- One way is finding work abroad, through an interesting job assignment. Work is always a great way to meet colleagues and clients.
- Stay somewhere unique and local
- Homestay e.g. Bed & Breakfasts, Airbnb. Or you can host fellow travellers via Airbnb and earn some travel money without at the same time.
- Get Free Accommodation by doing a work exchange via Workaway or Helpx, Woofers.
- House-sitting. Recommended sites are Mindahome, and housesittersuk, you may want to look up a local version.
- Couchsurfing is more than just finding a couch to sleep on, they also have meetups and is a great place to also meet locals.
- Attend a language exchange, if you’ve moved somewhere new where they speak a different language this is a great way for you to practice the language. Then to return the favour by helping someone else learn your language. Find an exchange through conversation exchange or language exchange.
- Volunteer, at a smaller local non-for-profit. The more local the organisation the better as it will not only benefit the community more, there is also less likely to be a cost involved. You will also have more opportunity to meet others in the local community.
- Learn something new. Do a workshop in anything that tickles your fancy or that you’re curious about forever. Whether it’s learning local cooking in Thailand, a natural dying and weaving course in Laos.
- Go to Community events, programs or talks – given by local libraries or community centres.
- Join a local walking /bike clubs.
- Visit local markets and spend some time talking to the stall holders and creatives – they love a conversation and if you take the time you’ll find their full of stories, insights, and tips.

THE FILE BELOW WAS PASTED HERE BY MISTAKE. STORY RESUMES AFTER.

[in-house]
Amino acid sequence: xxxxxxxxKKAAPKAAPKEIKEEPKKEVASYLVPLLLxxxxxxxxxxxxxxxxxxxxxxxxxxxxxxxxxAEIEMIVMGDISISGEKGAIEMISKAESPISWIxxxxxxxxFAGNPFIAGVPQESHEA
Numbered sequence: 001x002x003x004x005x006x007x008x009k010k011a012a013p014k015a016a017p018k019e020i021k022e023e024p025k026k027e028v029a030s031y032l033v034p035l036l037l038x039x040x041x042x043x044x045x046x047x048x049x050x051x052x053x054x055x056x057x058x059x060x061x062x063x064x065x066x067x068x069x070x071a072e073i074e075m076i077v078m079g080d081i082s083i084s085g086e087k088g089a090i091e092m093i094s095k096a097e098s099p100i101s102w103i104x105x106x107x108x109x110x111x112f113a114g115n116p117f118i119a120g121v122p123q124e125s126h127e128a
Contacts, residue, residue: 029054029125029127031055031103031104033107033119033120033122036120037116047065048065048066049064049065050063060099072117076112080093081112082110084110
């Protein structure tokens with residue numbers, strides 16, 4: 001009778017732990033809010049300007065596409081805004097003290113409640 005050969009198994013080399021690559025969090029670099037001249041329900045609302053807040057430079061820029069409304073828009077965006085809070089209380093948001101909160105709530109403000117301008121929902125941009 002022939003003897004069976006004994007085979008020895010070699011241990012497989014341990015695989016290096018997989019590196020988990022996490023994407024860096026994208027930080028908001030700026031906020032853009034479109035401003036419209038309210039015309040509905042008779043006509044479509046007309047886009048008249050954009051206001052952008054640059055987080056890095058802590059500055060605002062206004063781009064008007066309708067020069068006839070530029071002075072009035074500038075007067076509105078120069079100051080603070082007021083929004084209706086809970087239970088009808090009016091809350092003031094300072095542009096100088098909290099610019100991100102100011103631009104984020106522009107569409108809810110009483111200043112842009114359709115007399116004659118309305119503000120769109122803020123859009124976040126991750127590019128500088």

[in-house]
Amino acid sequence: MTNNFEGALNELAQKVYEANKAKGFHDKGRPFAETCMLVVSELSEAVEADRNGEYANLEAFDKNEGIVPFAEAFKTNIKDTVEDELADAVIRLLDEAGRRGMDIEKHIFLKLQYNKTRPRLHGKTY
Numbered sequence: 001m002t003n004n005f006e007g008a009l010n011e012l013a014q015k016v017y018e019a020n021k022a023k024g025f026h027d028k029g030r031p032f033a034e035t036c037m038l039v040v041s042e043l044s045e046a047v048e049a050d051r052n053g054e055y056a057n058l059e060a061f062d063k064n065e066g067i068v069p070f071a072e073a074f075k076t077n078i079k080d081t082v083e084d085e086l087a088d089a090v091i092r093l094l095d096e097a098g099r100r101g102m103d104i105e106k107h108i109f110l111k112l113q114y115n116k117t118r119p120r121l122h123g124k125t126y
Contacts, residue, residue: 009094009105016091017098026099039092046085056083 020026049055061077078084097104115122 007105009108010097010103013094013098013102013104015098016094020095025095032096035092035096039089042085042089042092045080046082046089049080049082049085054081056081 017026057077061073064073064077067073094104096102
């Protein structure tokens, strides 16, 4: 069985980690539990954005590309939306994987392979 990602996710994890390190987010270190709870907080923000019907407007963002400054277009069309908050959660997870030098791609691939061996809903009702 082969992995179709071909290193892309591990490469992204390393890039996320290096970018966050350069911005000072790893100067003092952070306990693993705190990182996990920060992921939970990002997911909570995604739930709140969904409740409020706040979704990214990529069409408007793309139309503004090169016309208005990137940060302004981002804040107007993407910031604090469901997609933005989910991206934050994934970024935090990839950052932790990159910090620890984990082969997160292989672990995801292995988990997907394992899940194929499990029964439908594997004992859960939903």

- Share a passion or mutual interest and then find a shop/studio where you can discuss and learn more. Be it Music, Gardening, Art, Books, Sport etc. etc. The list is endless.
- Find and join a local community garden
- Sign up and join Meetup, Internations, Toastmasters who all hold gatherings for people on a particular subject or in a particular city.
What do we need to do next
Meeting new people can be awkward, in the beginning, it will feel akin to dating. It’s rare to just ask someone you’ve just met for a coffee. Back home we rarely do that, or it’s a polite thing to say, but not followed up on.
Yet, when we are somewhere new we need to ride out the discomfort and go out for those coffees, lunches or accept invitations to other events that we’ll be invited too.
We need to keep in mind that:
Strangers are just friends that we haven’t met yet
What may sound like a dull night out could potentially be that one night that we click with someone who shares our vibe. There is nothing like meeting kindred spirits, and getting to know new people – once the awkwardness has passed.
Feeling at home and becoming a local
On top of making actionable plans, also dare yourself to attempt small conversations with people everywhere. You’ll find that Locals love discussing their country and advising you. Be kind and let them.
You’ll learn more from the gentleman on the park bench, or the lady in the bakery than you’ll pick up in a lifetime of books.
It’s the people we meet, their stories that touch our lives, they welcome us and help to transform a foreign shore into a place that we can call home.
Big gratitude for the two additional photos by: